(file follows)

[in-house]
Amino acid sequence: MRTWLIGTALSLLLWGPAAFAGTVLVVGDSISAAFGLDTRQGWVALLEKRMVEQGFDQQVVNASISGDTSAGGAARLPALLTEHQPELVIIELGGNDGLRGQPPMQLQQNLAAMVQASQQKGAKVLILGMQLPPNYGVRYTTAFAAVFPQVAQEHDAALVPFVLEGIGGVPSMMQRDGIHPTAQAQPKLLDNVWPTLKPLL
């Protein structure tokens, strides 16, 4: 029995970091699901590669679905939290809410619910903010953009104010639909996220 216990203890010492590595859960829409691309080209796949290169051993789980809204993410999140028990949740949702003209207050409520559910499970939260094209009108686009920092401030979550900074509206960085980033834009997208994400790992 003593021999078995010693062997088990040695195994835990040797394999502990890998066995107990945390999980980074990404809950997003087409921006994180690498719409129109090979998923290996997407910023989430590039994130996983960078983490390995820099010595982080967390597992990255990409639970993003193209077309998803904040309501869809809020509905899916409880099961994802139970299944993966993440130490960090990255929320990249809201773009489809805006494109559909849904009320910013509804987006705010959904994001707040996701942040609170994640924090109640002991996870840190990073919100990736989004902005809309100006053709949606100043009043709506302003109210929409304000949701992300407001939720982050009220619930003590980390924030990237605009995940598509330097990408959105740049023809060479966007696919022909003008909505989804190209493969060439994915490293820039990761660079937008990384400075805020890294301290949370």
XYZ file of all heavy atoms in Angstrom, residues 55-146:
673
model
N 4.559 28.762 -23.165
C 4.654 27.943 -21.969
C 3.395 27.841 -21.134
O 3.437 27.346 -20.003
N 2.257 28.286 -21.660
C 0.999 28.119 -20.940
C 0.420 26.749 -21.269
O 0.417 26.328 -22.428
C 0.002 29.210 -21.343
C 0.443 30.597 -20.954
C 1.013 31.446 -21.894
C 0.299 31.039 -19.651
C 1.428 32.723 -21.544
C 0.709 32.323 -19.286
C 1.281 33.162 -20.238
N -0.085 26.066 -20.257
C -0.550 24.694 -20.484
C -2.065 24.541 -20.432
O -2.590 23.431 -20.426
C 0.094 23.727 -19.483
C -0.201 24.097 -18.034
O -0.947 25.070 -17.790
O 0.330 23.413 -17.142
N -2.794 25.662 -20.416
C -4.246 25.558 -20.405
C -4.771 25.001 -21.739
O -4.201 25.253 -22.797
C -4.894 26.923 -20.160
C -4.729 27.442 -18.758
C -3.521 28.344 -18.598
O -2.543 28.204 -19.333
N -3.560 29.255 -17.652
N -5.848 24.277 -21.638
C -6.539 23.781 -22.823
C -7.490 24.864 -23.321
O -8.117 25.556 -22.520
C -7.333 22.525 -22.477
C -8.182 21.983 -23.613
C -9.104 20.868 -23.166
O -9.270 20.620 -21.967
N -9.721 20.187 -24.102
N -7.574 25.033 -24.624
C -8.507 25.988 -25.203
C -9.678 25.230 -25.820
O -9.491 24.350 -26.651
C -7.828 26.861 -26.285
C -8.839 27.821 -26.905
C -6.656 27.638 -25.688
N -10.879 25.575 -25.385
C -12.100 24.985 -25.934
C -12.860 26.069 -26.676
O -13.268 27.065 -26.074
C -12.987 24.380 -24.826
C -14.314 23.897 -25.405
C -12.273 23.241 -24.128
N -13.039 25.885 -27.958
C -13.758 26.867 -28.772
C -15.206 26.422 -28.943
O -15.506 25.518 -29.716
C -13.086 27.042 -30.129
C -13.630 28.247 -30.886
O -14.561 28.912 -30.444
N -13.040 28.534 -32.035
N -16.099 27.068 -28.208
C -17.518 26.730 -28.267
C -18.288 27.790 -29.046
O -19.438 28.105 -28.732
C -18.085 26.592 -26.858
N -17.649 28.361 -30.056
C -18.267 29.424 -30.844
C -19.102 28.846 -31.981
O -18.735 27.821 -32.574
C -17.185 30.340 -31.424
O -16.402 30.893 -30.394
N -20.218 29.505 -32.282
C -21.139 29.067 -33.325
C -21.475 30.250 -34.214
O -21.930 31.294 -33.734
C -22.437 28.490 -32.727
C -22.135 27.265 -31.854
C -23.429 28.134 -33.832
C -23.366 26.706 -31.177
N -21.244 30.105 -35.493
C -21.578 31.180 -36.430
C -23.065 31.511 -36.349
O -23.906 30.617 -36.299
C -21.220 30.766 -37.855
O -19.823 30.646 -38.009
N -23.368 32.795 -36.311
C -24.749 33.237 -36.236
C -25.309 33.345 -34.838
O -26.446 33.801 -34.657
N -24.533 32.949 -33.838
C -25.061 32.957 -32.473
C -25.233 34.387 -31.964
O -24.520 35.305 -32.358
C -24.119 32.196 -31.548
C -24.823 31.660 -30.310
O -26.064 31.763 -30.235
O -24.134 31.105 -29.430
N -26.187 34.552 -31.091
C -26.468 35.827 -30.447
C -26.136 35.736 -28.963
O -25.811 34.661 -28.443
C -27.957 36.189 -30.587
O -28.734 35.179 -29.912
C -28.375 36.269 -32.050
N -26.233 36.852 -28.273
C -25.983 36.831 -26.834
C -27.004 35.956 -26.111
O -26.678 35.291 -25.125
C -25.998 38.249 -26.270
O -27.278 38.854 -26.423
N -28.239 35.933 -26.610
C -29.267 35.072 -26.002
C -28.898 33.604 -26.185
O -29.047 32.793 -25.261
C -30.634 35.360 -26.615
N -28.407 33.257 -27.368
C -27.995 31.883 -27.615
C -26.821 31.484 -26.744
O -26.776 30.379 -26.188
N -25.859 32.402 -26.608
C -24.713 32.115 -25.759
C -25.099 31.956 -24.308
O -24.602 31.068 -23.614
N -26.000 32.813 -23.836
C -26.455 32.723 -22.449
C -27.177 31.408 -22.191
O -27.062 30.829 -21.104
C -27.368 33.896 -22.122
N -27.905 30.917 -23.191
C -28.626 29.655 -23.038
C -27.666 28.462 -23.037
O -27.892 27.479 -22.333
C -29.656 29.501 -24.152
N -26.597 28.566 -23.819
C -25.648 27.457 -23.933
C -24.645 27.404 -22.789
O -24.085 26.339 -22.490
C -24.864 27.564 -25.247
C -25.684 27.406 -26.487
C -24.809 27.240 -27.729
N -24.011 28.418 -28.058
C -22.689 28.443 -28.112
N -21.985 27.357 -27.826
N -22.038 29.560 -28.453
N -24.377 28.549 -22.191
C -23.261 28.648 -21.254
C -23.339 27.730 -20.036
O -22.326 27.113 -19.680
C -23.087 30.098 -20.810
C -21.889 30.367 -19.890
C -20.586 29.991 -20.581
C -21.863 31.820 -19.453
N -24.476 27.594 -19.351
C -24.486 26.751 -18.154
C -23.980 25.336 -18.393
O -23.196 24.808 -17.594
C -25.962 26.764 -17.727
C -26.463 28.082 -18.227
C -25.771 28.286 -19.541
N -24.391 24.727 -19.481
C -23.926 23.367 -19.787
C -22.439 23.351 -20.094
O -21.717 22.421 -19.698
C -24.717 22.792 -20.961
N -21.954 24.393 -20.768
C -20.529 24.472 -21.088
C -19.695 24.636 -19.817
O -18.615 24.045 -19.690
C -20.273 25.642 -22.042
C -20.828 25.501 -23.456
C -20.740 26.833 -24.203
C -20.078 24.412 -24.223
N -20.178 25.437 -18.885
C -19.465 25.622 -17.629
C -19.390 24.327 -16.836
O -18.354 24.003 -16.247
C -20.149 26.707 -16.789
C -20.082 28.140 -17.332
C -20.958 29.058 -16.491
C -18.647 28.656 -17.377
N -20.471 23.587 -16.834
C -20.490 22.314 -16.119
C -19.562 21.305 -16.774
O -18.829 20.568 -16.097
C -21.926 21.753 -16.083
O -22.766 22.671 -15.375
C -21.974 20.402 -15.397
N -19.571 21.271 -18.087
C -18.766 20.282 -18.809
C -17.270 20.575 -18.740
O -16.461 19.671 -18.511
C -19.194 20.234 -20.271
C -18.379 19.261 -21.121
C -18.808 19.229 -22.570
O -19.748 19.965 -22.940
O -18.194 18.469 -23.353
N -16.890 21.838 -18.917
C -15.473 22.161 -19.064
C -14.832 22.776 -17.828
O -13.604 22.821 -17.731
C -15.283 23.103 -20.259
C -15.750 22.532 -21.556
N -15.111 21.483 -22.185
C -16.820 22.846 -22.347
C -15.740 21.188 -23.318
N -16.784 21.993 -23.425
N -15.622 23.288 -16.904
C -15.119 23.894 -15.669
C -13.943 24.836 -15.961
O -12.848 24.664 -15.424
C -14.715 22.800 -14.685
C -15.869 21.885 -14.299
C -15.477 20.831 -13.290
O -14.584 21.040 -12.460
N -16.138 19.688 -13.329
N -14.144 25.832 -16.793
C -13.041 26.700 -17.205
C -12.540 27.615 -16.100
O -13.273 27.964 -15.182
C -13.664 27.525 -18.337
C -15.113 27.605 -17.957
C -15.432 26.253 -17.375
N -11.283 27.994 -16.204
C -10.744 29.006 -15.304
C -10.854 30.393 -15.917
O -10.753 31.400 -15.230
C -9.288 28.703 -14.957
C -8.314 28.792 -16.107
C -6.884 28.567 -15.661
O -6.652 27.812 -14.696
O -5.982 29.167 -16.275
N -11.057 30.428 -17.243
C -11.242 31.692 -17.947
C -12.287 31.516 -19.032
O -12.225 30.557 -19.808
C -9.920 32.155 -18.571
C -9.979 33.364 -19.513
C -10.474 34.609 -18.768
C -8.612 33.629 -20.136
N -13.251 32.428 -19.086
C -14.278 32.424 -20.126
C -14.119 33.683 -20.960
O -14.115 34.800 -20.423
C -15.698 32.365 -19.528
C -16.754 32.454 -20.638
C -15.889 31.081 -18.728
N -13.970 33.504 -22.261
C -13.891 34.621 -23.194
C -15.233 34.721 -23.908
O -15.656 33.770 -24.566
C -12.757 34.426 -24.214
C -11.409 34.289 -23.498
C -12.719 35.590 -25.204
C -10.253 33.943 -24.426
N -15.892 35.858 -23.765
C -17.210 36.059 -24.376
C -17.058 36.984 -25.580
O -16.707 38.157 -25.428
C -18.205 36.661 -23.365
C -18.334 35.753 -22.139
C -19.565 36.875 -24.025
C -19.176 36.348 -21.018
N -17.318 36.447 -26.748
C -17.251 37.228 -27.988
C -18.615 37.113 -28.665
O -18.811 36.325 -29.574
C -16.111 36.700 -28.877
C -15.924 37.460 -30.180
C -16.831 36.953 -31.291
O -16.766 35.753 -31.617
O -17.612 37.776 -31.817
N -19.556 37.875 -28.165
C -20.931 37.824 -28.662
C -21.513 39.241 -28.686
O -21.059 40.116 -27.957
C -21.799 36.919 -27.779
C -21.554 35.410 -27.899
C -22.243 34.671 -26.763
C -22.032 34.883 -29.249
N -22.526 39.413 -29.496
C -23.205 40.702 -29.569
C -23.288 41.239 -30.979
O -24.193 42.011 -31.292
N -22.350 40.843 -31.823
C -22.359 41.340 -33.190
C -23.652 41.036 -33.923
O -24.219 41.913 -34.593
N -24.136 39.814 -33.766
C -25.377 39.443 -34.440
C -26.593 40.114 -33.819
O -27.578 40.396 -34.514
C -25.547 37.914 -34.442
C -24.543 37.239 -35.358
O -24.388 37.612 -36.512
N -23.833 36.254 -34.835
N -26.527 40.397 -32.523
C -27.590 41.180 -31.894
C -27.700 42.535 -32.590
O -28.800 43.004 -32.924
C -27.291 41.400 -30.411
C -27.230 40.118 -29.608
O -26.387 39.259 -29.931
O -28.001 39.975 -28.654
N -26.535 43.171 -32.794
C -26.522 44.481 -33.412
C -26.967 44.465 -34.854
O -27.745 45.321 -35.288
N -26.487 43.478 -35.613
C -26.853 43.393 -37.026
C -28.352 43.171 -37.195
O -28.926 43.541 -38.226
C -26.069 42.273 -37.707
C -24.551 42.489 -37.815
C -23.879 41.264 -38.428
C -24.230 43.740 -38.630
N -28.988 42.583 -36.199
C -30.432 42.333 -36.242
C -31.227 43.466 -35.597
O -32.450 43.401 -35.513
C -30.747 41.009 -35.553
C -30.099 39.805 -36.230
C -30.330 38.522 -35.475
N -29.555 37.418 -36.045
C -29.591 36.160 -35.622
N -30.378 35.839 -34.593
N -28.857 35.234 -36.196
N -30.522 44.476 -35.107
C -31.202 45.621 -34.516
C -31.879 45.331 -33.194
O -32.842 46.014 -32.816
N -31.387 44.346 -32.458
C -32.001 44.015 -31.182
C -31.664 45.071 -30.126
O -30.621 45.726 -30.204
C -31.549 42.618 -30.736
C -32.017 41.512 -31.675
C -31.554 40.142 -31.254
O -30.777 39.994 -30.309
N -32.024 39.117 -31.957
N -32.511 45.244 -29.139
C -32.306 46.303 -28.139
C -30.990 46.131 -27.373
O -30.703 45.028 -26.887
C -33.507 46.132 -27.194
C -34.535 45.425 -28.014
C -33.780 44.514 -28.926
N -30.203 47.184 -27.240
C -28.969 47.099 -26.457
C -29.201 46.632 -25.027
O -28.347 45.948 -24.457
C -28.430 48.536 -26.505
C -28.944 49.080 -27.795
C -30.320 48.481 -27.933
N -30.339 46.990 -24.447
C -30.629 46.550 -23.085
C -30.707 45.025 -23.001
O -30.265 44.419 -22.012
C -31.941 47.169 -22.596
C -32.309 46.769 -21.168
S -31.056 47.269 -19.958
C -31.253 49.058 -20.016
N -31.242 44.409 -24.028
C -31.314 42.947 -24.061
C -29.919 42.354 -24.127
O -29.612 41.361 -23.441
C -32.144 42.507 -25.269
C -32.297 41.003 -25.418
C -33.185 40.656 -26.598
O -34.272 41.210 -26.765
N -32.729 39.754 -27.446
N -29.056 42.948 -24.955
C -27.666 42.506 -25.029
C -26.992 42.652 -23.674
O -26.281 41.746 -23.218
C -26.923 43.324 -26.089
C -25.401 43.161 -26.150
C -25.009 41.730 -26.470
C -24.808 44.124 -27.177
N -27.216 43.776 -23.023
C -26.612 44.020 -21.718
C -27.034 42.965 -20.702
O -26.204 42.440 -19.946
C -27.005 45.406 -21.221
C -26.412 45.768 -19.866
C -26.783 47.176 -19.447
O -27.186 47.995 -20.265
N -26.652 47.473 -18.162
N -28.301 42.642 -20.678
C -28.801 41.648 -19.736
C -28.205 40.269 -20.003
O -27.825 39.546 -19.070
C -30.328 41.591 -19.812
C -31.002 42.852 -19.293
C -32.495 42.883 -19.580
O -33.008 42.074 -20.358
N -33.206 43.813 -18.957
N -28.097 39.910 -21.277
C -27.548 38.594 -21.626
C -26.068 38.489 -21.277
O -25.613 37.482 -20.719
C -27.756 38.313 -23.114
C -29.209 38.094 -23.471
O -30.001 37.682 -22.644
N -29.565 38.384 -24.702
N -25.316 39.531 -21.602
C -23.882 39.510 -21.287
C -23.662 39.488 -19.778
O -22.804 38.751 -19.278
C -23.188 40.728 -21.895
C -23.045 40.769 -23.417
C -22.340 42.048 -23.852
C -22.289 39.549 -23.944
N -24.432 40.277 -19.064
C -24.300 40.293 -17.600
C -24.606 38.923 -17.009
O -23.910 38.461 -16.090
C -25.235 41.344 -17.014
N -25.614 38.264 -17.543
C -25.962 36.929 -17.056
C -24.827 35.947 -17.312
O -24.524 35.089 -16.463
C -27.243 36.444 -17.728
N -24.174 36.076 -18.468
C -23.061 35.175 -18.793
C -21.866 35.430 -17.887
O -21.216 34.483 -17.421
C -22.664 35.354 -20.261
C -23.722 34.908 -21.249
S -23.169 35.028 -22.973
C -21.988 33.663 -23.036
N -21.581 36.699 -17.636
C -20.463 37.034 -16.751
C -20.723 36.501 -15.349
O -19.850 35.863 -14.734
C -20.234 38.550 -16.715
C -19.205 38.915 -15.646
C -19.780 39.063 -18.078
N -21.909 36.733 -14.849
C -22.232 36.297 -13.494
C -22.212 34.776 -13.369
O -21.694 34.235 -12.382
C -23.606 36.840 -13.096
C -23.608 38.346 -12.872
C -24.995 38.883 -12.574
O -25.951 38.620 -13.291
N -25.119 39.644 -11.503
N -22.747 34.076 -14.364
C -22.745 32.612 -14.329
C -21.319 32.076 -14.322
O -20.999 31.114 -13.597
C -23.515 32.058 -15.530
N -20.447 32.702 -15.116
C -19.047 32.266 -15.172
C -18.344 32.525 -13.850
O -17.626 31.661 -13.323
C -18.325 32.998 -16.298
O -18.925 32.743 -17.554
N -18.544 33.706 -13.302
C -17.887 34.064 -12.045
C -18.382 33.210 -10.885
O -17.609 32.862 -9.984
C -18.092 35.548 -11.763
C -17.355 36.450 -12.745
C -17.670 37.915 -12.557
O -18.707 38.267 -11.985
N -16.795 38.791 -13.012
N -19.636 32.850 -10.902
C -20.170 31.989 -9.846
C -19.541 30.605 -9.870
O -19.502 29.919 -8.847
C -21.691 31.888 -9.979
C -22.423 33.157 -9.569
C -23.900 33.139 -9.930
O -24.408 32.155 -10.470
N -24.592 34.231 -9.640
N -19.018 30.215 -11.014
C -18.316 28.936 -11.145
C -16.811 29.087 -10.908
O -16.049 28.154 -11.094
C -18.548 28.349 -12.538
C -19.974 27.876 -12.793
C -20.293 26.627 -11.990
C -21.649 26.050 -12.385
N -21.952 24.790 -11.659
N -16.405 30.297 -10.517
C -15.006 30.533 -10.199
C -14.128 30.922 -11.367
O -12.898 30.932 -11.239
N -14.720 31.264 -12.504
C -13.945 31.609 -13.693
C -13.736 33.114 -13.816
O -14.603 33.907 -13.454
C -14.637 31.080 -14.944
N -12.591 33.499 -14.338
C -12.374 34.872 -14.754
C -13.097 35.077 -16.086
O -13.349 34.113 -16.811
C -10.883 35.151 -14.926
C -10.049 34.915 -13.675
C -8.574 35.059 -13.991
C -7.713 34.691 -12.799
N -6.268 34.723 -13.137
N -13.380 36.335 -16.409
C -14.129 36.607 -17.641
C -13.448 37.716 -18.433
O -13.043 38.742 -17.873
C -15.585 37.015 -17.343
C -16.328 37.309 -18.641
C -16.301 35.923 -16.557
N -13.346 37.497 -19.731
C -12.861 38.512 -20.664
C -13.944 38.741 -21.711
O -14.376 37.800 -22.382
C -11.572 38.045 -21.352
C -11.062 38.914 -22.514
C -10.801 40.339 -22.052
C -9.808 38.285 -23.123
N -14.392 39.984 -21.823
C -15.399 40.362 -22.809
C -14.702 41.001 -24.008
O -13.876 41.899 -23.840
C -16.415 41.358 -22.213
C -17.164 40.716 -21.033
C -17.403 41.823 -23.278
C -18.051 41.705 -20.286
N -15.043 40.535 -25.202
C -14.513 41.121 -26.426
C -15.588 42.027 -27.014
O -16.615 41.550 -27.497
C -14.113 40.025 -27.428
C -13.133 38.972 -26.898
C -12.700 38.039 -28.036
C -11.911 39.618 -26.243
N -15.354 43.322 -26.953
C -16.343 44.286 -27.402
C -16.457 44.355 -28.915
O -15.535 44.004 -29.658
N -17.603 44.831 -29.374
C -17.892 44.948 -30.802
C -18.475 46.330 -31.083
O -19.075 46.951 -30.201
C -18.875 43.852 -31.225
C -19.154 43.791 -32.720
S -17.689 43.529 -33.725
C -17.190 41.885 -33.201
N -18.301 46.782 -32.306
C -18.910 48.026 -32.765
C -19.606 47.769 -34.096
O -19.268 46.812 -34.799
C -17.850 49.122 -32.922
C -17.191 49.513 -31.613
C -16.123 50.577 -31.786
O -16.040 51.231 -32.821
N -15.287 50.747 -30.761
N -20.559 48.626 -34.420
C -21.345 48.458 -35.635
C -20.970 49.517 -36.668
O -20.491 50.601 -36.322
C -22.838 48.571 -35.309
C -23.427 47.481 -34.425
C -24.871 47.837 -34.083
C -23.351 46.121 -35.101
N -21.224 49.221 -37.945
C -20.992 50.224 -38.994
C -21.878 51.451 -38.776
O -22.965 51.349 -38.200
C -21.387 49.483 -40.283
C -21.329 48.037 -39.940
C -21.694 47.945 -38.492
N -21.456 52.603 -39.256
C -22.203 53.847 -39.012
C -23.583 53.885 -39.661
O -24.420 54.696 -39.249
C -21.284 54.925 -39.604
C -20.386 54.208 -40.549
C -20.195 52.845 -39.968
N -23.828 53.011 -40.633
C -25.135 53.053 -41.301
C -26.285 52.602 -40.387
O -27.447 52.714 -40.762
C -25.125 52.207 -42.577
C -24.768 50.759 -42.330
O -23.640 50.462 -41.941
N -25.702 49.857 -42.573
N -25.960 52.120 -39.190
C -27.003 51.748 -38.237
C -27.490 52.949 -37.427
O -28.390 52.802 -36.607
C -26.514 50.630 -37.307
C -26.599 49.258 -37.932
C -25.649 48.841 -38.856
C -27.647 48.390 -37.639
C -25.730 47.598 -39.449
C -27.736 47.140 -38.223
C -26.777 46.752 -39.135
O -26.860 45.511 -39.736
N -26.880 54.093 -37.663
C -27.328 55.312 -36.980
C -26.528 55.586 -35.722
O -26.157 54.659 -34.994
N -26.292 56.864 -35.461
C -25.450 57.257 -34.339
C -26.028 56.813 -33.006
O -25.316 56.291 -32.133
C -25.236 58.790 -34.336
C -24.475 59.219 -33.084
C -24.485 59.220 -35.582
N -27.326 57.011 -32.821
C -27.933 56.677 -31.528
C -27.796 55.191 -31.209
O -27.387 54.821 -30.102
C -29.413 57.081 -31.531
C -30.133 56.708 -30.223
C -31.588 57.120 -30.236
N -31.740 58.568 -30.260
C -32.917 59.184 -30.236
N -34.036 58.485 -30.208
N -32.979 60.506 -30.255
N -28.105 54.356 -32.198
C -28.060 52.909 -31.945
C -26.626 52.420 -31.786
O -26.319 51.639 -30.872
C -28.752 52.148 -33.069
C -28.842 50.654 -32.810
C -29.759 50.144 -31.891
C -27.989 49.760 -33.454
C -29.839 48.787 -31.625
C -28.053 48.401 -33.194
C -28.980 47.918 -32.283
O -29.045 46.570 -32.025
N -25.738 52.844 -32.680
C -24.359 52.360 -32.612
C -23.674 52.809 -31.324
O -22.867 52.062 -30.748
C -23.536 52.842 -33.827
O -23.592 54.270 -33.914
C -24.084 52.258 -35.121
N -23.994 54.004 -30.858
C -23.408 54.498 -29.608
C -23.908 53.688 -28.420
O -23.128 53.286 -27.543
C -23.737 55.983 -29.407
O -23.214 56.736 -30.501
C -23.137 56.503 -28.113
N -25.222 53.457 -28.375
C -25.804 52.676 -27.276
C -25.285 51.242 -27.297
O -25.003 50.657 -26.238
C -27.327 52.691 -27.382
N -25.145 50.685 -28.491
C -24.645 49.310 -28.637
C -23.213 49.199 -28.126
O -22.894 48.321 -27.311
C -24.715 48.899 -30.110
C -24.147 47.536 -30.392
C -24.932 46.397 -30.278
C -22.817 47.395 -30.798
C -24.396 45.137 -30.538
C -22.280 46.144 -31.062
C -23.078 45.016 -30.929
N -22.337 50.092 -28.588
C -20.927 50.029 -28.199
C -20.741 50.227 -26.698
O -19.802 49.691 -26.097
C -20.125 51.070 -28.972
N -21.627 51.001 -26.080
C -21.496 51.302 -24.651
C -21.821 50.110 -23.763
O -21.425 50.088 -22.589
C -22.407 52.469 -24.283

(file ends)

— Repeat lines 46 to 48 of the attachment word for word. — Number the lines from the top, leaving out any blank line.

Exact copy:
O -9.270 20.620 -21.967
N -9.721 20.187 -24.102
N -7.574 25.033 -24.624